I am a fully integrated immigrant. I came to the UK at the age of six some 42 years ago and firmly believed that all immigrants would seek to become integrated. I failed to understand why this has not happened but this book along with some others I have read recently (eg Bernard Lewis: Islam in Crisis) have helped me to make some sense of the current situation.
The enemy within and without Aug 28, 2005
In this short but illuminating book, Scruton examines the political institutions of the West as regards the relation between religion and politics, and the threat of radical Islam. Briefly but with great clarity he explores the political history of West that gave us individual freedom, prosperity and the pursuit of knowledge. These pillars rest upon Greek thought, Roman Law and Judeo-Christianity. He points out that freedom needs to be defined and that it also needs restraints in order to continue to function. The success of the West is based on the practice of separating church and state, of recognizing the two different realms. This is the fundamental difference with Islam.
Islamism is a totalitarian ideology precisely because the totality of society must submit to religion. The author argues that the political process in Western societies is what has made it so successful - western democracies are governed by politics while the Rest is ruled by force. In the West, the political process functions through negotiation and compromise. Religion and culture are binding principles but they do not prescribe. But with the collapse of these roots in much of the West, a vital defence of our culture is being lost. According to Scruton, the love of freedom alone is not enough for our civilization to survive. He considers the nation state as a precondition for democracy and the rule of law. Under Islam, the Sharia is the only source of law and there is no room for dissent.
The UN is a club of gangsters. Most UN representatives do not represent the people of their countries but only the thuggish regimes that lord it over them. In addition, Western elites and radical Islamists both despise Western civilization. This is particularly pronounced in academia, the media and the entertainment community. This alienation manifests also in the Muslim immigrant communities in Europe that do not want to assimilate, enjoying all the benefits of their new society whilst at the same time hating it. There is a sick synergy between the immigrants and the elites that despise their own heritage.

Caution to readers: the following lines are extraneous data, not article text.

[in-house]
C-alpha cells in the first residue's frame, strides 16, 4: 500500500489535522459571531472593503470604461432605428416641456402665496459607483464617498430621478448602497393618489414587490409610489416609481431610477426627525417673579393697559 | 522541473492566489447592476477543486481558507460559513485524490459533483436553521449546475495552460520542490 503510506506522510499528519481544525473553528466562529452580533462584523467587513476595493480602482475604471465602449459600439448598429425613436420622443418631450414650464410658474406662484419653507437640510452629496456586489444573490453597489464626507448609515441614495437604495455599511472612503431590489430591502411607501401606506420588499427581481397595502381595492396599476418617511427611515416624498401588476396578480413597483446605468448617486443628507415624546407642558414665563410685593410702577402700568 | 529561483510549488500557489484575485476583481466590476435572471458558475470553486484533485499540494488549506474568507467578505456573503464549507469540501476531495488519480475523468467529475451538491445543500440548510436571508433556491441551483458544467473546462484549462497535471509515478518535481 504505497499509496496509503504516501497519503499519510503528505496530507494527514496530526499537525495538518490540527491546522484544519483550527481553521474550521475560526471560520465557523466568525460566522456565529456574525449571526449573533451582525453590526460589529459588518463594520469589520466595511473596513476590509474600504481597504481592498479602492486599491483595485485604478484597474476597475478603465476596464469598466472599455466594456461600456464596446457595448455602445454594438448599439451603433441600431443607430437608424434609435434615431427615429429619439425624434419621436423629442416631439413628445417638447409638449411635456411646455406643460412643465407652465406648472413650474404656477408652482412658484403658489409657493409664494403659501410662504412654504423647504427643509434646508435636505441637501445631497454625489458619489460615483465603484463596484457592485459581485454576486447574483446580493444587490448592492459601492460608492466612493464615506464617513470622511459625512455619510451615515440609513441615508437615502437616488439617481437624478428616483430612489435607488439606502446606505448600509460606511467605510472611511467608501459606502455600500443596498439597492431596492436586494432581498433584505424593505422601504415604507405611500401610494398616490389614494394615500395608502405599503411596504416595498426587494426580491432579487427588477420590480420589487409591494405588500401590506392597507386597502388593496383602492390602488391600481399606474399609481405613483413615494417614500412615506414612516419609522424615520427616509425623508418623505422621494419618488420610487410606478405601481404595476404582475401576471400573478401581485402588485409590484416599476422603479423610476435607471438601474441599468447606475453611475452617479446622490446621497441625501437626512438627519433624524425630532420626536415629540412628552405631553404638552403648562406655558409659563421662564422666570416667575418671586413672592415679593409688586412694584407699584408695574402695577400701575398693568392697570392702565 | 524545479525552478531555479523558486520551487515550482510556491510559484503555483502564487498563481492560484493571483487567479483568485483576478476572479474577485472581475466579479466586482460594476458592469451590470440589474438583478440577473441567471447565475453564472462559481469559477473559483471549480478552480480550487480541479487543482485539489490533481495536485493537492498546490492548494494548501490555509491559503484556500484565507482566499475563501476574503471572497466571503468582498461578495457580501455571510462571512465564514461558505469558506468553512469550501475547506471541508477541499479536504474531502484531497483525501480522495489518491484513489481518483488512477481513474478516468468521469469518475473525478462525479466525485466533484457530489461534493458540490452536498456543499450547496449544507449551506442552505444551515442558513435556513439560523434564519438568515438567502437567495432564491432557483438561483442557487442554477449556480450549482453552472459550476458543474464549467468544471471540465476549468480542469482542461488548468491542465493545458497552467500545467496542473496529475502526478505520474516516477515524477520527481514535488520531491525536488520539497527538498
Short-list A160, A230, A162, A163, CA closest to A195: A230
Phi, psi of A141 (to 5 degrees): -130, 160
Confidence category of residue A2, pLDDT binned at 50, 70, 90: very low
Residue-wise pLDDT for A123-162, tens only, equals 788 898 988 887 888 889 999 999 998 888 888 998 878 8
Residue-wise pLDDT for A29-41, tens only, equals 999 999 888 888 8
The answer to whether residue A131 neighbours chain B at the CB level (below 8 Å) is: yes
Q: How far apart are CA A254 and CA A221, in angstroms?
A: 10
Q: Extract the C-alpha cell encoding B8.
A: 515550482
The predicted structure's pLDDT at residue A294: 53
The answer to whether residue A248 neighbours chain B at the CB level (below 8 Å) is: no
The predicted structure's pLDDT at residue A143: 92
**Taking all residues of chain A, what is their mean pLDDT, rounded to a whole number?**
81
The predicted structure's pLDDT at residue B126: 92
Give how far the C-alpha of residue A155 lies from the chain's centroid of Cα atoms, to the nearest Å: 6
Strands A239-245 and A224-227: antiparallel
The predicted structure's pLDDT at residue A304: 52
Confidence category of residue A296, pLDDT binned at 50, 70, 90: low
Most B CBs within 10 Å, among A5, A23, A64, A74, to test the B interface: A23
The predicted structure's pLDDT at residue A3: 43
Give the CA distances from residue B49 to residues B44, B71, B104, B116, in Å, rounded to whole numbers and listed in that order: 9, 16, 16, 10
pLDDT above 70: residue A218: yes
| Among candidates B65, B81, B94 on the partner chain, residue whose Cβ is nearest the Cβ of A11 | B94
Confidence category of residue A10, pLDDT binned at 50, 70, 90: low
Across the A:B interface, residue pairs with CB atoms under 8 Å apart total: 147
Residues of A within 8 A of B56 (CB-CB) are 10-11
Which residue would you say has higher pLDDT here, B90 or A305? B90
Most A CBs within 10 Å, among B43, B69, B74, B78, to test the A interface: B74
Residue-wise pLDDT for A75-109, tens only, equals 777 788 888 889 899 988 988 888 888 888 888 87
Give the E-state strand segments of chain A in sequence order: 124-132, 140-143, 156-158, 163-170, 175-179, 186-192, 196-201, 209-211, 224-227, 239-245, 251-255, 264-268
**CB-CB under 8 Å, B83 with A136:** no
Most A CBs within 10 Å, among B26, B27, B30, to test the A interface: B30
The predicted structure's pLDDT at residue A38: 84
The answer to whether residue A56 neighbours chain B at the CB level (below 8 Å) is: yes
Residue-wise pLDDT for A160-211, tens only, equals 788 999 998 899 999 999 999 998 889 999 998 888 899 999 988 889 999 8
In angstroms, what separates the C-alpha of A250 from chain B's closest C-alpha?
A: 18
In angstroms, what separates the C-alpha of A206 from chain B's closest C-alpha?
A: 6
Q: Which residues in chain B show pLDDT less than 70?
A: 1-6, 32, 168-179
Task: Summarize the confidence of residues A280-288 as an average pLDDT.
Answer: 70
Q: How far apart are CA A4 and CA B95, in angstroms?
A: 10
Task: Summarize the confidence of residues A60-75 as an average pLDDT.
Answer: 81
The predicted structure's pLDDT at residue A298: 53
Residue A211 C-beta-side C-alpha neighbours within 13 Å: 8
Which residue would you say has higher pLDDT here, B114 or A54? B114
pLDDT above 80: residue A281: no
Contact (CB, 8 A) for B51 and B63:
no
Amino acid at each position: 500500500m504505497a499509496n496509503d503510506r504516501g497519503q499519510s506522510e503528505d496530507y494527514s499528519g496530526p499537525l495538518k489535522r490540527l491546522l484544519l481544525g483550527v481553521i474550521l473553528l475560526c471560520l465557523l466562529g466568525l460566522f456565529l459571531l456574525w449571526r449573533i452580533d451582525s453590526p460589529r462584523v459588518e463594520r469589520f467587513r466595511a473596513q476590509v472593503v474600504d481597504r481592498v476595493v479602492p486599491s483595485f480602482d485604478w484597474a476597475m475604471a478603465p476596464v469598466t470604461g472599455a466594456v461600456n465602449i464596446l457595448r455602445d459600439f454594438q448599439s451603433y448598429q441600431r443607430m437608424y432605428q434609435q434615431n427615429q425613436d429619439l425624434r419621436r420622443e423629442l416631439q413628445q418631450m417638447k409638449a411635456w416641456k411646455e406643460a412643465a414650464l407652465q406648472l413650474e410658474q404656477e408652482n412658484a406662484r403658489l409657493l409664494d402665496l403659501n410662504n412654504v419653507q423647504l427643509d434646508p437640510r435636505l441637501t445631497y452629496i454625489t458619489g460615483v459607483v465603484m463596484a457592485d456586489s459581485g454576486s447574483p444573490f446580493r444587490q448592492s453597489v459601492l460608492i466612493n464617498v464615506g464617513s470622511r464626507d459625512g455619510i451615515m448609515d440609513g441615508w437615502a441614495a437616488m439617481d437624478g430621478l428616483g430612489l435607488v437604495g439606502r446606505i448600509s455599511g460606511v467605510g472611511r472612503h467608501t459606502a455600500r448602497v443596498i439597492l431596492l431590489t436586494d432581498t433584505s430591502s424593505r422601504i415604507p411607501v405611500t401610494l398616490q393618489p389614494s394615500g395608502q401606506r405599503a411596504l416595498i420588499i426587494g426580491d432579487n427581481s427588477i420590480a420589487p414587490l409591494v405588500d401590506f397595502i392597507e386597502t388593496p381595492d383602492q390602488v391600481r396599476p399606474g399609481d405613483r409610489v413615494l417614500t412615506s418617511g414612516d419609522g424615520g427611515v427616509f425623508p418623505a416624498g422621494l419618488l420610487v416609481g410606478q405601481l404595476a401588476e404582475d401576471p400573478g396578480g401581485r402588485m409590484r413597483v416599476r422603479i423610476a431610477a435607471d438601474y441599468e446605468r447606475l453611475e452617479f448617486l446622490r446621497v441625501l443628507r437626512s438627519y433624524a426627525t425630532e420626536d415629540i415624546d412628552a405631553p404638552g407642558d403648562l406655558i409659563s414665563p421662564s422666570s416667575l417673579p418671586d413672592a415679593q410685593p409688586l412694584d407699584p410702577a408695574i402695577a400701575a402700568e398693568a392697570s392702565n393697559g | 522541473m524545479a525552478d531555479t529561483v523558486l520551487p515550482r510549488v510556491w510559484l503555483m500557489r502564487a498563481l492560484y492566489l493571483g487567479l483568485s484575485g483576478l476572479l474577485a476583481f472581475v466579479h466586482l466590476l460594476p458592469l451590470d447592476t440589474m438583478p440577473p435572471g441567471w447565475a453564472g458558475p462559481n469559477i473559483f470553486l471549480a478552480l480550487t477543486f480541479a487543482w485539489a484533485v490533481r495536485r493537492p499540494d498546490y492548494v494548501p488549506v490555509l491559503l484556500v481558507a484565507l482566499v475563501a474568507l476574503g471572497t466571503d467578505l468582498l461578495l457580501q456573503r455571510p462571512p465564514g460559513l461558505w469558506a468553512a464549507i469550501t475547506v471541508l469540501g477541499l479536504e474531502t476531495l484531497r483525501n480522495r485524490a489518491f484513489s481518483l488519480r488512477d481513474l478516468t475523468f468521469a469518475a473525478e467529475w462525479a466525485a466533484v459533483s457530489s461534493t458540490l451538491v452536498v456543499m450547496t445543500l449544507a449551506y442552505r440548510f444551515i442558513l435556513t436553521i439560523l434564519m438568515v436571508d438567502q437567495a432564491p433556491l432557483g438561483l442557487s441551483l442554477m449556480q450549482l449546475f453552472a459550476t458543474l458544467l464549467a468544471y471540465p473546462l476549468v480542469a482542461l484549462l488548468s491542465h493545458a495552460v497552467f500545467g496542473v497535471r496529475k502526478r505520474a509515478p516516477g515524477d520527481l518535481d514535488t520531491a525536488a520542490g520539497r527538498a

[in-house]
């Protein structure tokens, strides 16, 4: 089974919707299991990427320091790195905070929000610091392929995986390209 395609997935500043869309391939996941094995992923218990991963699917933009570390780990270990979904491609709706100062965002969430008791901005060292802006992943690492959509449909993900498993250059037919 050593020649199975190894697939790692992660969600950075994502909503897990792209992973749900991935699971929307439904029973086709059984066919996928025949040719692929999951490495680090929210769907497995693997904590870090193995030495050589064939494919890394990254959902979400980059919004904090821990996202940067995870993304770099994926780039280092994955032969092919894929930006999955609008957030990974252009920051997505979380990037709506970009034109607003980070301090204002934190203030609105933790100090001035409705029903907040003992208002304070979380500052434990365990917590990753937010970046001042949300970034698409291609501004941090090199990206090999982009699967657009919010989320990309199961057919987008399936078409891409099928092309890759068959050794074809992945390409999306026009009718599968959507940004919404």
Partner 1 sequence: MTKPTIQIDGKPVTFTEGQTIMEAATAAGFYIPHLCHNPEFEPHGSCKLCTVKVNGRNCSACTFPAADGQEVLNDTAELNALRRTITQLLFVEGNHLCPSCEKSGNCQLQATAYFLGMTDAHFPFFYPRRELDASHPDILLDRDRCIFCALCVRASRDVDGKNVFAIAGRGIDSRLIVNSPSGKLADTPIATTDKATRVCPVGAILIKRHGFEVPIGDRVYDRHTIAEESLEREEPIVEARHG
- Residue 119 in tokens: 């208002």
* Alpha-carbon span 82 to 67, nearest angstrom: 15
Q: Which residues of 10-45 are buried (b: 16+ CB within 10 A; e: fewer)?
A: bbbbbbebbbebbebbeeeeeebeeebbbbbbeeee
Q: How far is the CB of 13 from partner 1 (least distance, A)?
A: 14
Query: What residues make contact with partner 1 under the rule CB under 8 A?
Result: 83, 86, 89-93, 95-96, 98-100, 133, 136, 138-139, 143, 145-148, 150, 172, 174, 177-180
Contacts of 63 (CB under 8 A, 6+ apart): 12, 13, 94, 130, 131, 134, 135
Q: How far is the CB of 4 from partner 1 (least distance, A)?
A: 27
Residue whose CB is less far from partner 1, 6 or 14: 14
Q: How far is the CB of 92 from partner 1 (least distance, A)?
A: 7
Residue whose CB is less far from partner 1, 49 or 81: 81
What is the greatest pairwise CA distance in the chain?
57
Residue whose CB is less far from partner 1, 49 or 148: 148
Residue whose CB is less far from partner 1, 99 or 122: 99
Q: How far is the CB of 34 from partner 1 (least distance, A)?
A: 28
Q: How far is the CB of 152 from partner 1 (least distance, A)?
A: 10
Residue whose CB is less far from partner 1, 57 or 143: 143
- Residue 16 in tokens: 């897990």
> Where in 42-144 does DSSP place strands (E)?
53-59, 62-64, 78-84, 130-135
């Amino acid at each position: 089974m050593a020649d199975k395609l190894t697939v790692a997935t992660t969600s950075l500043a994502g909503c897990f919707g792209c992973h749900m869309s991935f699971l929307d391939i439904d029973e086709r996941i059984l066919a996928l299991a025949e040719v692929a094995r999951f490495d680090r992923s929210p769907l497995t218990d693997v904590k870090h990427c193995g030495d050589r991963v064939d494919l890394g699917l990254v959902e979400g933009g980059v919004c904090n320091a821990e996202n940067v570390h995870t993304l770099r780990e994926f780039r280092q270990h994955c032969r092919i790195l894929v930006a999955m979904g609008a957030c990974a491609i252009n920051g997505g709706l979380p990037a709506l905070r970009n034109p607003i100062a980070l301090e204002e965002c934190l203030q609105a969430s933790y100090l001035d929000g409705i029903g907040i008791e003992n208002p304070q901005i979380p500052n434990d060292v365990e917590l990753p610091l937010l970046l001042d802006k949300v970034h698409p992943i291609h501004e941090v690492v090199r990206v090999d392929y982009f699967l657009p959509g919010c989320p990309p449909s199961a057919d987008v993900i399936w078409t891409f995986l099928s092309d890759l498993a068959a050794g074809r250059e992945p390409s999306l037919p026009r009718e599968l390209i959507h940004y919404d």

Scruton explains the modern roots of Islamic militancy by discussing Wahhabism, the Muslim Brotherhood and the Khomeini revolution in Iran. He rightly criticises the West's dangerous commitment to multiculturalism but I do not agree with his conclusions that globalisation fosters terrorism and that democracy is not suitable for "the rest." One need only look at successful democracies like Japan and India to see the fallacy here. Even Turkey, a predominantly Moslem country, has a somewhat flawed but functioning democracy.
But overall, and for its multiple insights, this is a most valuable and enlightening work that provides much food for thought. Scruton is an original thinker and a gifted writer. I highly recommend The West And The Rest for those who are interested in history, culture and politics.
Other recommended books that cover similar terrain include Unholy Alliance: Radical Islam and the American Left by David Horowitz, The Force of Reason by Oriana Fallaci, Unhinged: Exposing Liberals Gone Wild by Michelle Malkin, Hoodwinked: How Intellectual Hucksters Have Hijacked American Culture by Jack Cashill, Intellectual Impostures: Postmodern Philosophers' Abuse of Science by Alan Sokal and Jean Bricmont, Anti-Americanism by Jean-Francois Revel, The Death of Right and Wrong: Exposing the Left's Assault on Our Culture and Values by Tammy Bruce, and The Anti-Chomsky Reader by Horowitz and Collier.